Palm Sunday

When I was fifteen years old, I remember thinking, “One day I will write a book and the first line will be: ‘From the time I was eight years old, I knew that God had called me in a special way.’” I did not know how or why God had called me, but I knew it to be true. God had somehow touched me and that touch had made me a bit different.

I was probably most aware of this difference on Palm Sunday. Each year, as the story of Jesus’ passion was read during Mass, my two brothers squirmed and fidgeted, shifting their weight, leaning on the pew in front of us, obviously bored and wanting to sit down. I, on the other hand, was enraptured. This was the Sunday I anticipated all year, the reading I loved the most. I savored every word of the story and imagined myself in every scene.

When the crowds cried, “Crucify him,” I wanted to cover my ears and scream, “NO!” I imagined Jesus mocked and betrayed and ultimately abandoned. “My God, my God, why have you forsaken me?” he pleads to his silent father. I cried for him every time I heard the story.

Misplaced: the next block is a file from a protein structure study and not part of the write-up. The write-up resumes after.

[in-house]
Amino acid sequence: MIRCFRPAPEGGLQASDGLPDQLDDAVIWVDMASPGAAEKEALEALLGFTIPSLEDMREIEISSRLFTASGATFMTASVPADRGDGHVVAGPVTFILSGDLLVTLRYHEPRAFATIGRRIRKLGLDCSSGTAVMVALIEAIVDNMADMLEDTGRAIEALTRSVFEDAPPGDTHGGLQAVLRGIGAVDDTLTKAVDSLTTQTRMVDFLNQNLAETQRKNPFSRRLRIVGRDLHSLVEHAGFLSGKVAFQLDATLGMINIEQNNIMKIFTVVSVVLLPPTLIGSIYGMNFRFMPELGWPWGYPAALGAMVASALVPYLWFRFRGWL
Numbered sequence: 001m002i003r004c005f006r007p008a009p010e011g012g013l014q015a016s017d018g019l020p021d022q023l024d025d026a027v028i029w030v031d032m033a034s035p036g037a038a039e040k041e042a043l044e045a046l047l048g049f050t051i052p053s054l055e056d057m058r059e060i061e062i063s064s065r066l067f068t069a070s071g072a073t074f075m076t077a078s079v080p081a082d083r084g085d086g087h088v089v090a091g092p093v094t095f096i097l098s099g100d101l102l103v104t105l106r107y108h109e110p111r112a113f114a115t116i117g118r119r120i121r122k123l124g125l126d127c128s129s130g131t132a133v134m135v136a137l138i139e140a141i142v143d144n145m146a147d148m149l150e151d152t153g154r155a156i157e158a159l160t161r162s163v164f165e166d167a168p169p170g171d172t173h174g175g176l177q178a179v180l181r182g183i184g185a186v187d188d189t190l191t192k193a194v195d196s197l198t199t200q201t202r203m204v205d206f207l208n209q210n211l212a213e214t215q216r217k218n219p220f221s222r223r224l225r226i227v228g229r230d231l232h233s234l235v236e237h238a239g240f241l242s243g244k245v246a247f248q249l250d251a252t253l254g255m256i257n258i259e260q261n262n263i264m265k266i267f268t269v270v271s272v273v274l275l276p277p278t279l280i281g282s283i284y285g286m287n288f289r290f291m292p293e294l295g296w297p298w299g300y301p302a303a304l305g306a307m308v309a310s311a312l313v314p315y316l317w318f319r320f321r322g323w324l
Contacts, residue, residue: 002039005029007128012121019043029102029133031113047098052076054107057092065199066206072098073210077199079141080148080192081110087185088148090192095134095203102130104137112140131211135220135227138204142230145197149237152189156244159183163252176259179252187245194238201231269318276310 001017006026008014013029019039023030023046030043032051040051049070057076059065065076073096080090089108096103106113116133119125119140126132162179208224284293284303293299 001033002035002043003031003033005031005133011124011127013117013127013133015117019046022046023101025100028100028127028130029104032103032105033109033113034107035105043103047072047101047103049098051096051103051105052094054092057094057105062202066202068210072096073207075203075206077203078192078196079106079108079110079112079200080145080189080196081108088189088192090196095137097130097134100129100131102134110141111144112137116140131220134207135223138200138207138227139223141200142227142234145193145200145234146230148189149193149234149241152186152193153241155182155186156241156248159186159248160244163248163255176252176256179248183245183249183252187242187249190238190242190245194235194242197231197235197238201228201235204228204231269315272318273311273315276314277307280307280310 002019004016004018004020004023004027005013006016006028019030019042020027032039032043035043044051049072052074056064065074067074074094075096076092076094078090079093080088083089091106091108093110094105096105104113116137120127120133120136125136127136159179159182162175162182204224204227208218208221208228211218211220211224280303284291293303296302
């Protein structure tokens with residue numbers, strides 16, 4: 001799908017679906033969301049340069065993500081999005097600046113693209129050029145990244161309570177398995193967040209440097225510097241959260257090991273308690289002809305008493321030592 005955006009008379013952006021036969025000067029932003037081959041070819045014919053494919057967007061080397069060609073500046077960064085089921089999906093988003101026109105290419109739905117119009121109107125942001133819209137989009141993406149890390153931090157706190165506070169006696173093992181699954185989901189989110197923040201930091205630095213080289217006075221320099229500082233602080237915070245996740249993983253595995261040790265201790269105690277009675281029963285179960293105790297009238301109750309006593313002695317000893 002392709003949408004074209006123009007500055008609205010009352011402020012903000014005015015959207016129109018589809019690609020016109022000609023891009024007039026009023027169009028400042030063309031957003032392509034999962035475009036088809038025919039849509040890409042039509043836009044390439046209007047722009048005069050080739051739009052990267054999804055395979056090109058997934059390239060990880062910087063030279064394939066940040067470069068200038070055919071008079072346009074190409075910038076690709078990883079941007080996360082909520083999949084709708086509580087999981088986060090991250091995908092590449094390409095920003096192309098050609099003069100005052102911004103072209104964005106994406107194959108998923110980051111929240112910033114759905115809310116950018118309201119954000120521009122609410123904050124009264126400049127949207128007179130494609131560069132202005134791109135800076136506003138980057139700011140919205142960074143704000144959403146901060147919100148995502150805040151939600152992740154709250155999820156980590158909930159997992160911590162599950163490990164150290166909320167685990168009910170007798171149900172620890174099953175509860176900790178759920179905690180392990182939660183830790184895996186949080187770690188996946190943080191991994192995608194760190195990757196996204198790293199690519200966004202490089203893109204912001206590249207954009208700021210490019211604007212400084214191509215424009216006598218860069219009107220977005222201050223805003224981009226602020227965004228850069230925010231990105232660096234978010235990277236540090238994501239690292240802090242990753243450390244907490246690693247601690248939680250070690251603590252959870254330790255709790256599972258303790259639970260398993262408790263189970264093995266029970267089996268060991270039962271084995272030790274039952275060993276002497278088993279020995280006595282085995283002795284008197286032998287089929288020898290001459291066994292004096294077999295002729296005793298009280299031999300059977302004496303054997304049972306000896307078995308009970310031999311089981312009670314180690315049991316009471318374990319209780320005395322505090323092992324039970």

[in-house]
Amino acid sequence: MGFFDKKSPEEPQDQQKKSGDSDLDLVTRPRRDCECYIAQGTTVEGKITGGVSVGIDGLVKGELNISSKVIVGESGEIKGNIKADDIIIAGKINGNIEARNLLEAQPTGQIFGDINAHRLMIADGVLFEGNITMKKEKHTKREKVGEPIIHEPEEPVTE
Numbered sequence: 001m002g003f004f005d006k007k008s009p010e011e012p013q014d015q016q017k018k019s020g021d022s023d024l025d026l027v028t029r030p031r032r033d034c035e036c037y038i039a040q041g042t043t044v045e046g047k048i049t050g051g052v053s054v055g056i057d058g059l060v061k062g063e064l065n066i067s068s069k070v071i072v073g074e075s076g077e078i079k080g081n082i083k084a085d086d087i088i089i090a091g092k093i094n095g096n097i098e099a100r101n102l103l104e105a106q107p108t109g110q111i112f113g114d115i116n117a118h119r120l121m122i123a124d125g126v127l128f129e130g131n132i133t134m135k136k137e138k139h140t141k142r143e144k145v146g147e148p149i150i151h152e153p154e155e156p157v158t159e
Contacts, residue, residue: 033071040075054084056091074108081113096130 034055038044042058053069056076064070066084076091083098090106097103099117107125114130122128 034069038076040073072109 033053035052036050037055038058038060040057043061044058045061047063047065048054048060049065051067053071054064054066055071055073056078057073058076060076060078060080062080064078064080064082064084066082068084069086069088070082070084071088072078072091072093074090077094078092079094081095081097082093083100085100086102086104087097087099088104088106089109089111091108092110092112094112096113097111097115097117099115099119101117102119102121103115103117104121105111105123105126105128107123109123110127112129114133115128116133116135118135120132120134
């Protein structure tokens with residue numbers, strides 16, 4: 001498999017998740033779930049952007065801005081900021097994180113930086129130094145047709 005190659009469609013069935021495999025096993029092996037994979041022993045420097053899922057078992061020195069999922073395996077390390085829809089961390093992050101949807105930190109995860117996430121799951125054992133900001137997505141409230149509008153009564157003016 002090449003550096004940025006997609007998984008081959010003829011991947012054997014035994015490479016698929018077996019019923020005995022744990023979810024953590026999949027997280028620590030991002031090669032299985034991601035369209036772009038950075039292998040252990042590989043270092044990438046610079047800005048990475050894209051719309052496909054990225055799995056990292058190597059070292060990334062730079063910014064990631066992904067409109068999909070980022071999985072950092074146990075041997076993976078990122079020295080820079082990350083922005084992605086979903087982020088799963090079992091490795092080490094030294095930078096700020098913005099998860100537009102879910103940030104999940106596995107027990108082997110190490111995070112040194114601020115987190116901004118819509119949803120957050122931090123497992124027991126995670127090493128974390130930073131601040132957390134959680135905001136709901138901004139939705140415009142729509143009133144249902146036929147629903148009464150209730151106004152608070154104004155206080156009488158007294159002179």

I would be annoyed with my brothers for their distracting fidgeting. How could they not get the significance of this story? How could they not understand what was happening? “Boys!” I used to think dismissively.

But, by the time I was fifteen, I realized it was not about their being boys. It was about me and my connection with this story, and I realized that I had a relationship with God that was different from my brothers.

I loved going to church, not just on Palm Sunday, but every Sunday. I loved the quiet of it, the smell of candles and incense, the peace. I hungered for connection with God. “I could live here,” I used to think.

My love of church continued throughout my life, but it wasn’t until about fifteen years ago that I gained a deeper insight into my connection with the passion story.

It was Palm Sunday and I was processing into church with my palm branch, just as I had done every year before that. But this particular Palm Sunday, my body resisted entering the church. It was as if I was literally walking with Jesus and wanted him to stop. “Don’t go,” I wanted to say to him, knowing the story that was about to play out. I started to cry before I even got to the church doors. “Don’t go.” But the procession continued and I was carried along inside, tears streaming down my face.

In that moment, I recognized my close identification with Jesus as an innocent victim, betrayed and forsaken; and I realized that I was crying for eight-year-old self.

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